The Allen Iverson Syndrome



I was reading news about the NBA when I read about an issue about Allen Iverson of the Memphis Grizzlies.

For a good portion of the decade, Iverson was the leading scorer the team he played in. He was a gutsy player who played with much heart and even won the league's Most Valuable Player award once. He was admired of his style of play that defined the play of his team.

However, when age started to rob Iverson of his athleticism, he was expected to take on a reserve role and play less time to give his body more rest. At the same time, the less playing time meant that his younger teammates would get more exposure and experience playing at a high level.

Iverson resented his new role to the team. When he was not leading the team's efforts, he was a distraction to the team and disrupted the flow of the game. But when he was given the chance to start when another player was injured, he excelled and led the team like he used to. This behavior from Iverson led him to be traded twice and made it difficult for him to find a new team early this year.

Now, Allen Iverson just took a leave of absence from his current team, the Memphis Grizzlies, because he was designated as a reserve player.

This is story of Allen Iverson reminds me of something that happens to us more often than we would admit it.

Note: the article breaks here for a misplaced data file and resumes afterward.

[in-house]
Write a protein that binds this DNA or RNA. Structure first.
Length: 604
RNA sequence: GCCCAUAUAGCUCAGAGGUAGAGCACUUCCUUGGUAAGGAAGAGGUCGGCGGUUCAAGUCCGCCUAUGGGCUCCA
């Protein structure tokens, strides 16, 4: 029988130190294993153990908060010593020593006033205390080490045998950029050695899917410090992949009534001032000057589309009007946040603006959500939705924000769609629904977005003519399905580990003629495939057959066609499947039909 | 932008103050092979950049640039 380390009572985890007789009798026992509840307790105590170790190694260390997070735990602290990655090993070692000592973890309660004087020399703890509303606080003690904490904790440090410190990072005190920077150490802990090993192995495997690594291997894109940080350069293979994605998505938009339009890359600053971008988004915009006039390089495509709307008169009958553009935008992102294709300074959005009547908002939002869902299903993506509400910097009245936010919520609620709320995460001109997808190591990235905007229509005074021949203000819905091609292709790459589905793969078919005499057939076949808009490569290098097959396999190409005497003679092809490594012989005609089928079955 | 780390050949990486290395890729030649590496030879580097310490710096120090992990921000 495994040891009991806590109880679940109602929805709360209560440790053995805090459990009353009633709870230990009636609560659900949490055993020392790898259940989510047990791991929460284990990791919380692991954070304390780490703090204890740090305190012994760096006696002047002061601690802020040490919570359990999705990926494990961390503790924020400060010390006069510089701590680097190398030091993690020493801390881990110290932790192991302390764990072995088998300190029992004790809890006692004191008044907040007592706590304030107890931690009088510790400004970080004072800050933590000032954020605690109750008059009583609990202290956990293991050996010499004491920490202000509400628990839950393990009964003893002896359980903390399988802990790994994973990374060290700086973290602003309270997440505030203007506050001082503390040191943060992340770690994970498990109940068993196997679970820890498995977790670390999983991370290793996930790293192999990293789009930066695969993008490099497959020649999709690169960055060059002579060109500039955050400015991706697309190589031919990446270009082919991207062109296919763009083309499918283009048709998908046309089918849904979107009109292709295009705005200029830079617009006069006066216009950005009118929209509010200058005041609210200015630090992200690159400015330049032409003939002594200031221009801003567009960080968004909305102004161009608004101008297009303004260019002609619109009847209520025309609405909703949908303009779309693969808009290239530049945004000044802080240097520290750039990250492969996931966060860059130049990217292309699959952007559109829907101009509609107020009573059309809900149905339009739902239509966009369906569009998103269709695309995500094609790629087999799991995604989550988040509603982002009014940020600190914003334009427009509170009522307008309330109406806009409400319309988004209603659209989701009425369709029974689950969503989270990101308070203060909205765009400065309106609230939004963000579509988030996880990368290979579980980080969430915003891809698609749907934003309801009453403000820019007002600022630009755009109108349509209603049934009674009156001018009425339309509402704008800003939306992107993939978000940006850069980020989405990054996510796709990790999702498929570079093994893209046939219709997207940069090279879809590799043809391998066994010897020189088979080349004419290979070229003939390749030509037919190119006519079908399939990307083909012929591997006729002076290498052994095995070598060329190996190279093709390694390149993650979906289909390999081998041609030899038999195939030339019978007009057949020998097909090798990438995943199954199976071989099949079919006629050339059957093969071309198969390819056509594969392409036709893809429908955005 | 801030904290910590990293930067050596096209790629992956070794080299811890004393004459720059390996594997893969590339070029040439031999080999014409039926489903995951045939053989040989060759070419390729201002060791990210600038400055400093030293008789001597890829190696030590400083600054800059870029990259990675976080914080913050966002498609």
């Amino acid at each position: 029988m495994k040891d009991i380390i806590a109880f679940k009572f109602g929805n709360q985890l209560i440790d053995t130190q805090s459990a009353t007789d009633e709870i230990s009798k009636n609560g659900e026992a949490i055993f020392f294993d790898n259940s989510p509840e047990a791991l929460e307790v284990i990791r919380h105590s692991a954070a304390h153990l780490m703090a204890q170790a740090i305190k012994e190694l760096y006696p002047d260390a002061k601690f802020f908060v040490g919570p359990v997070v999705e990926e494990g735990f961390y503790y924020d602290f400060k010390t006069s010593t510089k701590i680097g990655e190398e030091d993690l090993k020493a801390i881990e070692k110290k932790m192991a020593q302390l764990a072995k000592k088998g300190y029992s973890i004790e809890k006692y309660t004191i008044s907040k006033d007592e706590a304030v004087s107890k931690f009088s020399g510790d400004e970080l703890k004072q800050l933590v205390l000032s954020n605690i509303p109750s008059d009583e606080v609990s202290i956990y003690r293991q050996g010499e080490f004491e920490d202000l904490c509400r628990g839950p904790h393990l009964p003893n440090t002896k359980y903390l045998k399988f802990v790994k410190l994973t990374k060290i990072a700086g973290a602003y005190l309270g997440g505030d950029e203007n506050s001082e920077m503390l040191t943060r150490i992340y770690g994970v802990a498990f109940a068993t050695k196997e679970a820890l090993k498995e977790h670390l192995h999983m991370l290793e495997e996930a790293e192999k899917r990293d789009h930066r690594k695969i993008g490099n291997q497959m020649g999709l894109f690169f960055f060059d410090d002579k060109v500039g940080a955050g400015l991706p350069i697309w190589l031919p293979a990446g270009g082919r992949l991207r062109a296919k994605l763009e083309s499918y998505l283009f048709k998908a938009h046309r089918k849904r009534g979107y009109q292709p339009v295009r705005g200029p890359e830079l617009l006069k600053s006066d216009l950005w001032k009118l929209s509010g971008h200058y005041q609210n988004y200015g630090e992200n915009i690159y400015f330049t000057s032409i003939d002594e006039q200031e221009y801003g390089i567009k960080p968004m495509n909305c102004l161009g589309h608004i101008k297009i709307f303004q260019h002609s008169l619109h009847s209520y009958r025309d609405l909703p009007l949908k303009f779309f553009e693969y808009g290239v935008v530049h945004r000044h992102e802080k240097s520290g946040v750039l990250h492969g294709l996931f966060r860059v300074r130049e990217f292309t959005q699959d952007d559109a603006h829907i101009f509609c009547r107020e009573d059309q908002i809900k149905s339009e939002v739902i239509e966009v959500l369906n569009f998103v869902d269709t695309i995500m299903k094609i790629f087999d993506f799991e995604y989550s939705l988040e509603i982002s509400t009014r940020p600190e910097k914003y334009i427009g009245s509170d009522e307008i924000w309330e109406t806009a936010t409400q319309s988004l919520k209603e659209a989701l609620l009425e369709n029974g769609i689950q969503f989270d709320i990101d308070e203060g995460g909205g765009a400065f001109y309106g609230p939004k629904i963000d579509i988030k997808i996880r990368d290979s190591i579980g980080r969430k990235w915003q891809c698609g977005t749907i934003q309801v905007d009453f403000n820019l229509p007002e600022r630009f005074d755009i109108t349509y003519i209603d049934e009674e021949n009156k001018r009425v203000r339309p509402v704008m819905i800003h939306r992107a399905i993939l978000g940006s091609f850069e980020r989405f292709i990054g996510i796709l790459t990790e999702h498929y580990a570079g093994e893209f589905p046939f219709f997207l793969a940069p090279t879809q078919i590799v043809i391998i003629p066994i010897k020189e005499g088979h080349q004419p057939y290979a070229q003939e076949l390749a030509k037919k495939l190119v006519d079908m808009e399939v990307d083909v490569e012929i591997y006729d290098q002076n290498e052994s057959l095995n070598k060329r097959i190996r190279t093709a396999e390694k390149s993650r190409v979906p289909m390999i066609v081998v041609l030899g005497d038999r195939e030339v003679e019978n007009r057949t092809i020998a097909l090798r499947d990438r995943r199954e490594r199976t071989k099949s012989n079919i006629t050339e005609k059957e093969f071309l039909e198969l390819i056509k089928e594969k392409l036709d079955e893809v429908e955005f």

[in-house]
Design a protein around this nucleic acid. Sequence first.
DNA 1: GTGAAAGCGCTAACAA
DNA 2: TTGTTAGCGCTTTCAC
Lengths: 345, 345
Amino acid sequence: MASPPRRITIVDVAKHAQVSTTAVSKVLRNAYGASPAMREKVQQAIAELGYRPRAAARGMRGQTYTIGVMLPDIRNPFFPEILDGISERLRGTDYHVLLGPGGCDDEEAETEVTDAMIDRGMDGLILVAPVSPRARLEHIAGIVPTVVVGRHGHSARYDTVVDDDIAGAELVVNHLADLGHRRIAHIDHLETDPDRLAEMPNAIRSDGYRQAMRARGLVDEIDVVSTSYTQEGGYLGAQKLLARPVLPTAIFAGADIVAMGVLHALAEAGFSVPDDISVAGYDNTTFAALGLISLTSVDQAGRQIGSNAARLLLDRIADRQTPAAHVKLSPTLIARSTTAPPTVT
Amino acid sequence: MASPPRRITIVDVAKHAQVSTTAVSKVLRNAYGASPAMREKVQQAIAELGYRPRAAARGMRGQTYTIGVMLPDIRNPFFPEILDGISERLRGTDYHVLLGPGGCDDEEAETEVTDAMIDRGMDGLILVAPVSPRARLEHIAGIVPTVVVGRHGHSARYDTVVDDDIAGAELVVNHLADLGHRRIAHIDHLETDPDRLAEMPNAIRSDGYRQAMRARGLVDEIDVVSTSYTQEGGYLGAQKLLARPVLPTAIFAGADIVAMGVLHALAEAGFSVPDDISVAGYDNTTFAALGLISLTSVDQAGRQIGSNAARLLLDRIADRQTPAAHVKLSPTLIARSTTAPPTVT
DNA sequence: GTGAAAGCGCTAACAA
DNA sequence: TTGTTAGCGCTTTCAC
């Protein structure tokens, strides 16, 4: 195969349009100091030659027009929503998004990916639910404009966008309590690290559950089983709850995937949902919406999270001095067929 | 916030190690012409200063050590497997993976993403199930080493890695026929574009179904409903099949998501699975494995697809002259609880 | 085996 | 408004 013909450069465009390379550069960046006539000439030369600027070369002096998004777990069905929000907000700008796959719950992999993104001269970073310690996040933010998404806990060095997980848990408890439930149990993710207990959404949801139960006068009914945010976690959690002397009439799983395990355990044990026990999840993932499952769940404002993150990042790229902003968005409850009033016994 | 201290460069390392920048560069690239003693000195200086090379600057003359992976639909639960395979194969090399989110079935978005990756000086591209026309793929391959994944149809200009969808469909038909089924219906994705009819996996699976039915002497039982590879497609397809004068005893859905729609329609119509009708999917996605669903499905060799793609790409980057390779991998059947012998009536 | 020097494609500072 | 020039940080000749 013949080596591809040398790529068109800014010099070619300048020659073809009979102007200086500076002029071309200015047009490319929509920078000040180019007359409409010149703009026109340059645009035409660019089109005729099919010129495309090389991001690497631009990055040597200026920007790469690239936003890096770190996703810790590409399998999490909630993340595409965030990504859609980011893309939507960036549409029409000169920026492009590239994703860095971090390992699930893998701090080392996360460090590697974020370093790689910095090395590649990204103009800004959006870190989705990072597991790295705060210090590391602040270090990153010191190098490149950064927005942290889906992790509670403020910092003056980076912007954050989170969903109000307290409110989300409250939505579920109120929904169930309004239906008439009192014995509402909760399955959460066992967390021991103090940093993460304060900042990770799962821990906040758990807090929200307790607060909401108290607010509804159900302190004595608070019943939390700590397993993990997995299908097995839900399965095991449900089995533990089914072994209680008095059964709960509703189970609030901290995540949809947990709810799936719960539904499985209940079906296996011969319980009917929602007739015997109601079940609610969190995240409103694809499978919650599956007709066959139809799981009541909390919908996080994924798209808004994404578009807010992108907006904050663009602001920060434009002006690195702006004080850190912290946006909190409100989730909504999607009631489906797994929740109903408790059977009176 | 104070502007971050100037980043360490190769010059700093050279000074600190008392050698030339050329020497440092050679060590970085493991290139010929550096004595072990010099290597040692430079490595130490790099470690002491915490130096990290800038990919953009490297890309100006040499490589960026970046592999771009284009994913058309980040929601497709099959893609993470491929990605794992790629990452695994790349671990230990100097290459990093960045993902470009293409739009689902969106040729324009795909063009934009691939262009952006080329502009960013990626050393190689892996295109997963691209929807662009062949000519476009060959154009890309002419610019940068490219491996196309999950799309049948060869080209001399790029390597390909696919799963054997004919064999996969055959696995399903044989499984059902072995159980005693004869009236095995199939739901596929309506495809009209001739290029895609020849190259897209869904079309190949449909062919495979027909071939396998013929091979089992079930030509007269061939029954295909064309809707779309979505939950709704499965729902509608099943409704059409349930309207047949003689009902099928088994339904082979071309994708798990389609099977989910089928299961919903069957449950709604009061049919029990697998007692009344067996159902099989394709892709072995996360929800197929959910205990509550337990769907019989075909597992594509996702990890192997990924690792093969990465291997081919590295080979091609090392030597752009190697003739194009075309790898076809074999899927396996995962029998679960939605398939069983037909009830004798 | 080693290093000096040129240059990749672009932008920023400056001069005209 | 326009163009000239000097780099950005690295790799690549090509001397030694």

When we are the leader of a group, we bring our "A" game and put in the effort to do our best and try to inspire everyone to perform at a high level. But when we're not the leader, our effort and commitment dips (but probably not to the level that it becomes a distraction.) This is something I'd call the "Allen Iverson Syndrome"-- when we're the star, we shine bright, but when we're put to the background, we tone down significantly (and even resent it).

I feel this is a challenge to folks who are used to being leaders and/or having their way. (I think the MBA program has lots of these :P) I think we can reduce our Allen Iverson-like tendencies of we believe that we can still contribute and get recognized without being in the forefront. This also means that the team must have a culture of giving props to everyone, not just the leader.

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